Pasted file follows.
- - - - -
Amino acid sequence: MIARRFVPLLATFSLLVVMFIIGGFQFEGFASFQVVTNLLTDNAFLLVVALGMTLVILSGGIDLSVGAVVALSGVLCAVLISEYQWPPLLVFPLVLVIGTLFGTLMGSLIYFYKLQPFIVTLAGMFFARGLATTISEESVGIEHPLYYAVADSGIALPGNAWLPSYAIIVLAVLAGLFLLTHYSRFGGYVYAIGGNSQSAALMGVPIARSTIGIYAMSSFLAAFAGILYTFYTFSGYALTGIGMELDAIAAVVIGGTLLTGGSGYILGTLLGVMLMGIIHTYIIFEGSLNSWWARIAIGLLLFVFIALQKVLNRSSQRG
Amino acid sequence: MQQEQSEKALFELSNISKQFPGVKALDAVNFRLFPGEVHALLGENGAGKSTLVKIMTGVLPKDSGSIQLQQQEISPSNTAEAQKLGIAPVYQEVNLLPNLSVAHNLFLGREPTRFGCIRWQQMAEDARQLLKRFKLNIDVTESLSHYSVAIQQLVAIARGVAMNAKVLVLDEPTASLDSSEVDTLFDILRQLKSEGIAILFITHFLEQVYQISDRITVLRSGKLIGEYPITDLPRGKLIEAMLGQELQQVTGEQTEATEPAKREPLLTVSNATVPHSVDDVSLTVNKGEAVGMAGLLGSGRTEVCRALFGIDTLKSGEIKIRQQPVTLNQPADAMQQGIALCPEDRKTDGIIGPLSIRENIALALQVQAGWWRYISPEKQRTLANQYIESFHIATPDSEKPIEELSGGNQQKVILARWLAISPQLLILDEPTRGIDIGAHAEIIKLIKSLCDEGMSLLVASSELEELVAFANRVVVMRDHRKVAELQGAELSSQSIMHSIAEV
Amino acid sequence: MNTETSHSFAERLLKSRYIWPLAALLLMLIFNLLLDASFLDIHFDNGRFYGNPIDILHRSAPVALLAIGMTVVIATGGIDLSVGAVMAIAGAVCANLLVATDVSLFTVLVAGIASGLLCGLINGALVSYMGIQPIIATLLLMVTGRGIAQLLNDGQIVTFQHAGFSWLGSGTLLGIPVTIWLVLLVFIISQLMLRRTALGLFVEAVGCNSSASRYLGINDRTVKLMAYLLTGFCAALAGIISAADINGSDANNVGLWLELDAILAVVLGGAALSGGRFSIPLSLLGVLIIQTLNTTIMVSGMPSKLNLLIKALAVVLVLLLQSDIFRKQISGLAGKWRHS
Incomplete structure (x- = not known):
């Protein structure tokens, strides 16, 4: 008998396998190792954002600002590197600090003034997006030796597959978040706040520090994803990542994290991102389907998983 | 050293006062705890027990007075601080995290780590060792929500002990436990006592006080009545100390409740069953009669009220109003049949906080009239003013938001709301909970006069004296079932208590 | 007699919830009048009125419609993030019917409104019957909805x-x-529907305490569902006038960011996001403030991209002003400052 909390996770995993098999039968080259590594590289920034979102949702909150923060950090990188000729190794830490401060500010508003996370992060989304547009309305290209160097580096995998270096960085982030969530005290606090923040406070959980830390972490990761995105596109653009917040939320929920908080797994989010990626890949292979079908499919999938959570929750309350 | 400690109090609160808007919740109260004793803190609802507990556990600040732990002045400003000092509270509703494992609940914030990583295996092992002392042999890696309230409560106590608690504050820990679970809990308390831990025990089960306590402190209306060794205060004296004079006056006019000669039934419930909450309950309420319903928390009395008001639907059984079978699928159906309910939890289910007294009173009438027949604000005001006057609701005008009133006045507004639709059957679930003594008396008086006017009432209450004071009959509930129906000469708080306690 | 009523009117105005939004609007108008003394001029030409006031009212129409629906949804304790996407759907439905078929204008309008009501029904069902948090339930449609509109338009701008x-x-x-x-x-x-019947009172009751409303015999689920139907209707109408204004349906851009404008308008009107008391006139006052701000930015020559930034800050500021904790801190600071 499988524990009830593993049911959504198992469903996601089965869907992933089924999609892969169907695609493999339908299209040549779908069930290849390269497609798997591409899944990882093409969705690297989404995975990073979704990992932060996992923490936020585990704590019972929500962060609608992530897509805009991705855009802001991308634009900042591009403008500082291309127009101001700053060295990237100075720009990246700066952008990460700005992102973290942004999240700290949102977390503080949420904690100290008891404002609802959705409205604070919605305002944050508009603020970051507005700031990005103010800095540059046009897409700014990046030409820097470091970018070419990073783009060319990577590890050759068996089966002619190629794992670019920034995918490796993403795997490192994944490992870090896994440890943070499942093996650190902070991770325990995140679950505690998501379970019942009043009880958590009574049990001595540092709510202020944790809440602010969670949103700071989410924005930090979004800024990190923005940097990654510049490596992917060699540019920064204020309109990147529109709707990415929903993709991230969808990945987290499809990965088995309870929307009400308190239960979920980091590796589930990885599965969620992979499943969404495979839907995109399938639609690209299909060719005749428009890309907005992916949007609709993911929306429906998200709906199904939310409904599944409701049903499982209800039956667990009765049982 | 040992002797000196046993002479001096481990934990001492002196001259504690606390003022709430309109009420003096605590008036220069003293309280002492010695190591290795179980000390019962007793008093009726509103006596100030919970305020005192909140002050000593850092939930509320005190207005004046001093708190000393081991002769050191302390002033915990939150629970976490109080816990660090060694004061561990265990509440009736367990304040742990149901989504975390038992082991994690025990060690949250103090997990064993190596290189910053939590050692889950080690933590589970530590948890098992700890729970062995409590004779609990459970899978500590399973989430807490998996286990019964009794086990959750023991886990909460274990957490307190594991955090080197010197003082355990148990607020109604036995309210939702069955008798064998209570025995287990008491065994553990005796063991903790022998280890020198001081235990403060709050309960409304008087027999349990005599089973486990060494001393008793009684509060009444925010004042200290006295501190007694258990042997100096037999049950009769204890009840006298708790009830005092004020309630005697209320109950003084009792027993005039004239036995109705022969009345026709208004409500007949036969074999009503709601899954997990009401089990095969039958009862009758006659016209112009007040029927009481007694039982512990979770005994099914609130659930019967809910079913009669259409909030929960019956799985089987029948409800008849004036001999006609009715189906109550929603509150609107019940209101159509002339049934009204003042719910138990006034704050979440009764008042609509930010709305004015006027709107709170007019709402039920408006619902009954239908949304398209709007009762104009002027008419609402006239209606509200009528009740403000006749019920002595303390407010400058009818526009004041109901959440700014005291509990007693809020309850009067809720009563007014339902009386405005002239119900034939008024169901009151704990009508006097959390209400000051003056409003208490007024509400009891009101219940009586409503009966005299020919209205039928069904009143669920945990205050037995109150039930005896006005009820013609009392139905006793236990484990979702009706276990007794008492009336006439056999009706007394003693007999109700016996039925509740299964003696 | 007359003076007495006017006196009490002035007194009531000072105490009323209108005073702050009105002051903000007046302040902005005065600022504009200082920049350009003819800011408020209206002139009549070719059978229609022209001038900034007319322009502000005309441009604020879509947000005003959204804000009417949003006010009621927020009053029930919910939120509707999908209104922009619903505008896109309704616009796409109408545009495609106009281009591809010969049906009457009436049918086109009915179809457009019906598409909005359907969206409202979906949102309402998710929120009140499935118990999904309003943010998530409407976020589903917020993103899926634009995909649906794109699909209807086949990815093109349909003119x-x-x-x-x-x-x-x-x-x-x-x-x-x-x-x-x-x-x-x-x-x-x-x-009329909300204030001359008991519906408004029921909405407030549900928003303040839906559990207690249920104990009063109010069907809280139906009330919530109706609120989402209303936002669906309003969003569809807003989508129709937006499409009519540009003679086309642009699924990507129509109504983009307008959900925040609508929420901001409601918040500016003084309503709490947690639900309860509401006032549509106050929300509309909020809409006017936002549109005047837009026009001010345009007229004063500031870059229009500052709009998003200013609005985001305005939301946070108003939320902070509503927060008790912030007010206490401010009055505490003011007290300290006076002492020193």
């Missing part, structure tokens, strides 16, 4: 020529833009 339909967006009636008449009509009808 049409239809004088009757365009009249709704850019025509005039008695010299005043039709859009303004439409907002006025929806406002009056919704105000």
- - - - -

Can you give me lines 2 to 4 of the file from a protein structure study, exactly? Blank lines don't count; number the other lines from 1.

Amino acid sequence: MQQEQSEKALFELSNISKQFPGVKALDAVNFRLFPGEVHALLGENGAGKSTLVKIMTGVLPKDSGSIQLQQQEISPSNTAEAQKLGIAPVYQEVNLLPNLSVAHNLFLGREPTRFGCIRWQQMAEDARQLLKRFKLNIDVTESLSHYSVAIQQLVAIARGVAMNAKVLVLDEPTASLDSSEVDTLFDILRQLKSEGIAILFITHFLEQVYQISDRITVLRSGKLIGEYPITDLPRGKLIEAMLGQELQQVTGEQTEATEPAKREPLLTVSNATVPHSVDDVSLTVNKGEAVGMAGLLGSGRTEVCRALFGIDTLKSGEIKIRQQPVTLNQPADAMQQGIALCPEDRKTDGIIGPLSIRENIALALQVQAGWWRYISPEKQRTLANQYIESFHIATPDSEKPIEELSGGNQQKVILARWLAISPQLLILDEPTRGIDIGAHAEIIKLIKSLCDEGMSLLVASSELEELVAFANRVVVMRDHRKVAELQGAELSSQSIMHSIAEV
Amino acid sequence: MNTETSHSFAERLLKSRYIWPLAALLLMLIFNLLLDASFLDIHFDNGRFYGNPIDILHRSAPVALLAIGMTVVIATGGIDLSVGAVMAIAGAVCANLLVATDVSLFTVLVAGIASGLLCGLINGALVSYMGIQPIIATLLLMVTGRGIAQLLNDGQIVTFQHAGFSWLGSGTLLGIPVTIWLVLLVFIISQLMLRRTALGLFVEAVGCNSSASRYLGINDRTVKLMAYLLTGFCAALAGIISAADINGSDANNVGLWLELDAILAVVLGGAALSGGRFSIPLSLLGVLIIQTLNTTIMVSGMPSKLNLLIKALAVVLVLLLQSDIFRKQISGLAGKWRHS
Incomplete structure (x- = not known):